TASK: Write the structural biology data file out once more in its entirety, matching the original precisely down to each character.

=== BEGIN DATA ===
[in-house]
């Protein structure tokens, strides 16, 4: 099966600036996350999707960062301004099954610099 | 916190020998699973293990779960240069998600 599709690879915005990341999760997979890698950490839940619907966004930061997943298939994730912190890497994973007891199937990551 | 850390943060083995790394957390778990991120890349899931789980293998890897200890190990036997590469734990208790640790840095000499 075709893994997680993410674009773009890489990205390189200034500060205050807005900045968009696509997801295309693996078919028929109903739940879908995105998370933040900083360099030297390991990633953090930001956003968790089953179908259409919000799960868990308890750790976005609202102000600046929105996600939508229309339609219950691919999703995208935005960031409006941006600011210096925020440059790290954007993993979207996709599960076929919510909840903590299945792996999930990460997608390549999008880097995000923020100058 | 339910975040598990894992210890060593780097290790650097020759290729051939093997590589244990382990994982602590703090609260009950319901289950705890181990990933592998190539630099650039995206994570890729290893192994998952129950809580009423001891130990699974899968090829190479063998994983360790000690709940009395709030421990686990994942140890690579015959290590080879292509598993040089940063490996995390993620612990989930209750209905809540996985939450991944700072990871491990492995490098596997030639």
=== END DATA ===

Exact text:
[in-house]
């Protein structure tokens, strides 16, 4: 099966600036996350999707960062301004099954610099 | 916190020998699973293990779960240069998600 599709690879915005990341999760997979890698950490839940619907966004930061997943298939994730912190890497994973007891199937990551 | 850390943060083995790394957390778990991120890349899931789980293998890897200890190990036997590469734990208790640790840095000499 075709893994997680993410674009773009890489990205390189200034500060205050807005900045968009696509997801295309693996078919028929109903739940879908995105998370933040900083360099030297390991990633953090930001956003968790089953179908259409919000799960868990308890750790976005609202102000600046929105996600939508229309339609219950691919999703995208935005960031409006941006600011210096925020440059790290954007993993979207996709599960076929919510909840903590299945792996999930990460997608390549999008880097995000923020100058 | 339910975040598990894992210890060593780097290790650097020759290729051939093997590589244990382990994982602590703090609260009950319901289950705890181990990933592998190539630099650039995206994570890729290893192994998952129950809580009423001891130990699974899968090829190479063998994983360790000690709940009395709030421990686990994942140890690579015959290590080879292509598993040089940063490996995390993620612990989930209750209905809540996985939450991944700072990871491990492995490098596997030639």